March 25, 2005 16:53 | Culture / Social / WebBlogging / WebTech

Let's expand on folksonomies

First of all, purely for background and some interesting ideas, the Wikipedia definition of "taxonomy".

Taxonomy (from Greek ταξινομία (taxinomia) from the words taxis = order and nomos = law) may refer to either a hierarchical classification of things, or the principles underlying the classification. Almost anything, animate objects, inanimate objects, places, and events, may be classified according to some taxonomic scheme.

and "folk taxonomy":

A Folk Taxonomy is a vernacular naming system, as opposed to a scientific naming system which is simply known as a Taxonomy or as a Scientific Taxonomy.

Folk Taxonomies are generated from social knowledge and are used in everyday speech. They are distinguished from scientific taxonomies that claim to be disembedded from social relations and thus objective and universal.

Anthropologists have observed that taxonomies are generally embedded in local cultural and social systems, and serve various social functions.

So, as I've said, I really think all this tagging stuff is great but will be much more interesting once we really start to do more integrating and more social stuff with them. Here's what I mean by that.

The current flat, one dimensionality of the tags-based info management tools we see today (, flickr, et al) is essentially "selfish" or "based on the individual"; the loner walking through the world ascribing his own names to the things he comes across. Sure the fact that those names are there for all to see and aggregated into intersected view (show me everything everybody marked as "funny"!) is neat, but not terribly useful for they lack context, increasingly, especially as the databases grow (and oh my are they growing).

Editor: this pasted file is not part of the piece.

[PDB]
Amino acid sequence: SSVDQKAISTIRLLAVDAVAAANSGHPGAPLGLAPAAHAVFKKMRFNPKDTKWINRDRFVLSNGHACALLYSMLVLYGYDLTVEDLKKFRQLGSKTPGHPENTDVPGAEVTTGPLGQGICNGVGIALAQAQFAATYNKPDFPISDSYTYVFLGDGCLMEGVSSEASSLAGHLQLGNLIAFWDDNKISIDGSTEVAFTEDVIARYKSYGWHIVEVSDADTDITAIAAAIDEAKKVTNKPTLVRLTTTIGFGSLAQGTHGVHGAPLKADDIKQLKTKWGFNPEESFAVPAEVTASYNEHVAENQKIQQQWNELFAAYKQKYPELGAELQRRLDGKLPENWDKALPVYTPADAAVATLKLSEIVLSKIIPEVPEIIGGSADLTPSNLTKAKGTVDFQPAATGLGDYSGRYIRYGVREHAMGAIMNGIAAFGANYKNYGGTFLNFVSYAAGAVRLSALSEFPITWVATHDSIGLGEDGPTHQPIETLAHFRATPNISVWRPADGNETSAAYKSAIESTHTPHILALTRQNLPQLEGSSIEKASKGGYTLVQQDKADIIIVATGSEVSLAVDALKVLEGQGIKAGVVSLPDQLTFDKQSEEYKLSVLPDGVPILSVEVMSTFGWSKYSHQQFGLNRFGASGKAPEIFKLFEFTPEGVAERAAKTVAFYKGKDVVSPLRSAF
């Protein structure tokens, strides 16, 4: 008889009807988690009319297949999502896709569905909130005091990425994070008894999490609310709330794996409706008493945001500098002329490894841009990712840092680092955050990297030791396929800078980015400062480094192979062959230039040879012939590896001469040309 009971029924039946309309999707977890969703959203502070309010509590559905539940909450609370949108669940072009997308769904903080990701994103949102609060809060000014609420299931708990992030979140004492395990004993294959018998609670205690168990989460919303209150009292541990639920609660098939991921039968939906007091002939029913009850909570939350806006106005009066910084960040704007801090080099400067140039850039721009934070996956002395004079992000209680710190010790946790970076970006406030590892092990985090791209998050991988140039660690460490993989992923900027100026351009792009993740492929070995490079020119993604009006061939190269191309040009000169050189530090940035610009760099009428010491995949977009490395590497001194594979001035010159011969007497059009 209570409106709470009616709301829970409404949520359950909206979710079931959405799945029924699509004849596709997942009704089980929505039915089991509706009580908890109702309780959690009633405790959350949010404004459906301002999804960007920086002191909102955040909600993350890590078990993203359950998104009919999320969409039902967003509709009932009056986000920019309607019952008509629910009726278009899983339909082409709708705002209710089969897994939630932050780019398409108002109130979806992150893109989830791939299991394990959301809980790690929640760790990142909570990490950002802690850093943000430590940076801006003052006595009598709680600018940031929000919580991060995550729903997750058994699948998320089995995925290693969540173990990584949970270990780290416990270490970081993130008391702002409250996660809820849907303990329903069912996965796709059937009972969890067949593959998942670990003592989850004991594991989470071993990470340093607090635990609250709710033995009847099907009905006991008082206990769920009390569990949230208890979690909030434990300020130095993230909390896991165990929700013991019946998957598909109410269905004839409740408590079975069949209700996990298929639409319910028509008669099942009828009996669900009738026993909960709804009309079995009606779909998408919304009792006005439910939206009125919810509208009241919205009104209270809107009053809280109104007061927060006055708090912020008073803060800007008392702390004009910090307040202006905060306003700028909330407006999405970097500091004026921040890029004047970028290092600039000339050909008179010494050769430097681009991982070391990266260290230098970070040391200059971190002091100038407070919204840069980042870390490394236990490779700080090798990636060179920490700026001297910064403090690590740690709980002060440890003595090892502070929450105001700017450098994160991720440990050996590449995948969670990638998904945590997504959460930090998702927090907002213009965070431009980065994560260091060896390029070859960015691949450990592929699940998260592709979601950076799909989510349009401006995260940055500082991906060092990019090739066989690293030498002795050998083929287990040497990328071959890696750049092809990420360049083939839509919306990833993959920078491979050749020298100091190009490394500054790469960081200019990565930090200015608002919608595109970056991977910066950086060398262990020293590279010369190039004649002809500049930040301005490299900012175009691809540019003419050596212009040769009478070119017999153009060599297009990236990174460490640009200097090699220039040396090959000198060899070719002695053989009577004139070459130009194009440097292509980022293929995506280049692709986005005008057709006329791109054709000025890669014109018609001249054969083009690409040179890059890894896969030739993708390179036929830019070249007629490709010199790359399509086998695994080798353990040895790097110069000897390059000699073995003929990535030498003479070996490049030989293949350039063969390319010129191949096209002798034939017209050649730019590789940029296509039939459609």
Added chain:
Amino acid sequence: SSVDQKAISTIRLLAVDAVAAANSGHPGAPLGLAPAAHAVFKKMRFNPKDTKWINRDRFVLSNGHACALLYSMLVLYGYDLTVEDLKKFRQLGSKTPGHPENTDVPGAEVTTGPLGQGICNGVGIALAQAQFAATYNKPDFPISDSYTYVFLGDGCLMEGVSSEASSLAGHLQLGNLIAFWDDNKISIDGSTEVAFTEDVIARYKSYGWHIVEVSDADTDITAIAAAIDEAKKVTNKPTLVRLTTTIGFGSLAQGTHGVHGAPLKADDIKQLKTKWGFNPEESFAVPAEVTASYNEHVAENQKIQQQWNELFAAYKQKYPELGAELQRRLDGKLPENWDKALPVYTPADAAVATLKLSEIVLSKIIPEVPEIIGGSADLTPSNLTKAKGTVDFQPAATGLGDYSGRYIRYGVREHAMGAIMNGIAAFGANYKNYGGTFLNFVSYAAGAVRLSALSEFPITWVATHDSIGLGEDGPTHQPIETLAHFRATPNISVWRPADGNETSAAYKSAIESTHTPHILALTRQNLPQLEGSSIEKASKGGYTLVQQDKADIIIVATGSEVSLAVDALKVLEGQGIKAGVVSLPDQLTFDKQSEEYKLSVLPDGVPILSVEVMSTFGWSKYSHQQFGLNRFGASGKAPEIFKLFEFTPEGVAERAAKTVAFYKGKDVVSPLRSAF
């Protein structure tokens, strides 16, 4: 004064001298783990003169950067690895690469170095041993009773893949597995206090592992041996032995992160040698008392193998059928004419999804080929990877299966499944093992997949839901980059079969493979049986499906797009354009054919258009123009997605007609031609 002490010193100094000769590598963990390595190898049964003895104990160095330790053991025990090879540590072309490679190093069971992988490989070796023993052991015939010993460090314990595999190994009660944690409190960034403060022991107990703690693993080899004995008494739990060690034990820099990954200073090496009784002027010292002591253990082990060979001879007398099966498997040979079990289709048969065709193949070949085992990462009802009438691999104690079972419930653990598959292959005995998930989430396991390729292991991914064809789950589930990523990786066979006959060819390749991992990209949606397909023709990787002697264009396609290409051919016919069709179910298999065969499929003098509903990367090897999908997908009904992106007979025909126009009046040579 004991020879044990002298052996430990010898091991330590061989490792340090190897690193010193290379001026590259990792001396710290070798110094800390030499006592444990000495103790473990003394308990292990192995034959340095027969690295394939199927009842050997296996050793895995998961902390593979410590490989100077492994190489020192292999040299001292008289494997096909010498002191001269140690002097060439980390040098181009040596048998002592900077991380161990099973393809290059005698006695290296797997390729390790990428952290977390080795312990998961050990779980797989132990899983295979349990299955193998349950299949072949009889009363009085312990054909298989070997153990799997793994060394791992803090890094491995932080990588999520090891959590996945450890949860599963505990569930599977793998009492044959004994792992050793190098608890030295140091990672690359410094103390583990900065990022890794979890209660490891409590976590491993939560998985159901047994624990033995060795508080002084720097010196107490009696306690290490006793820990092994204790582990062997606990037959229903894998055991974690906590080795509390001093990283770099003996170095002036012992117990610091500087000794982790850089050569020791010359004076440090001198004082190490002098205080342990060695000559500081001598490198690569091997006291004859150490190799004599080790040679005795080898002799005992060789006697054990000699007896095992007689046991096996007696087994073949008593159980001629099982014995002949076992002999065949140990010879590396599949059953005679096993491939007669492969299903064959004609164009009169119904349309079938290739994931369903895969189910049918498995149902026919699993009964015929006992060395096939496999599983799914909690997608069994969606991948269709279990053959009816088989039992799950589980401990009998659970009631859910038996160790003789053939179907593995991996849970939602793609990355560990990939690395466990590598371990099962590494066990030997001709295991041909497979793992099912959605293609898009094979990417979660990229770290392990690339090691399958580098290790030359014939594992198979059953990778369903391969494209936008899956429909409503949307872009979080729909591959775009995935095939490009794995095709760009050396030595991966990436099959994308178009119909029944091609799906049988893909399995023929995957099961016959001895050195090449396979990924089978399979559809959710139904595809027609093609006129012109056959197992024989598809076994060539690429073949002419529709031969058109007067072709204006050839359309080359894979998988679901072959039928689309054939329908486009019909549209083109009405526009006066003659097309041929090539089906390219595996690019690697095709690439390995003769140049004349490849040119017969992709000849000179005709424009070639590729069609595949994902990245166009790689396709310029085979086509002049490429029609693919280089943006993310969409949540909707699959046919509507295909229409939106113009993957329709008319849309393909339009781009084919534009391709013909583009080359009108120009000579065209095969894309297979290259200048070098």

The first thing I'd like to see are some basic true "folksonomies": taxonomies generated and maintained by folks. This of course creates a host of technological presuppositions, like personal tag management software/services and tag aggregation and dissemination. Even more tricky are the social and cultural ramifications, which we still suck at but can muddle our way through as always. ;)

Also, there are already a handful of folksonomic "tags" which are inherent to the system and/or the data in question: date & time stamps, media type, resource URI, ID3 tags (on MP3s)... any standardized-by-usage metadata really.

Key here is the understanding that nothing is forced; you either use the folksonomy or you don't, you either contribute to it or you don't. Up to you. Either way, it is very much like our transition from loose tribes to tight knit communities, with all the value - and headaches - that engenders. It is also consistent with the nature of true democracy, and social life: You have the right to not participate, but you have a duty to do so if you choose to benefit from it.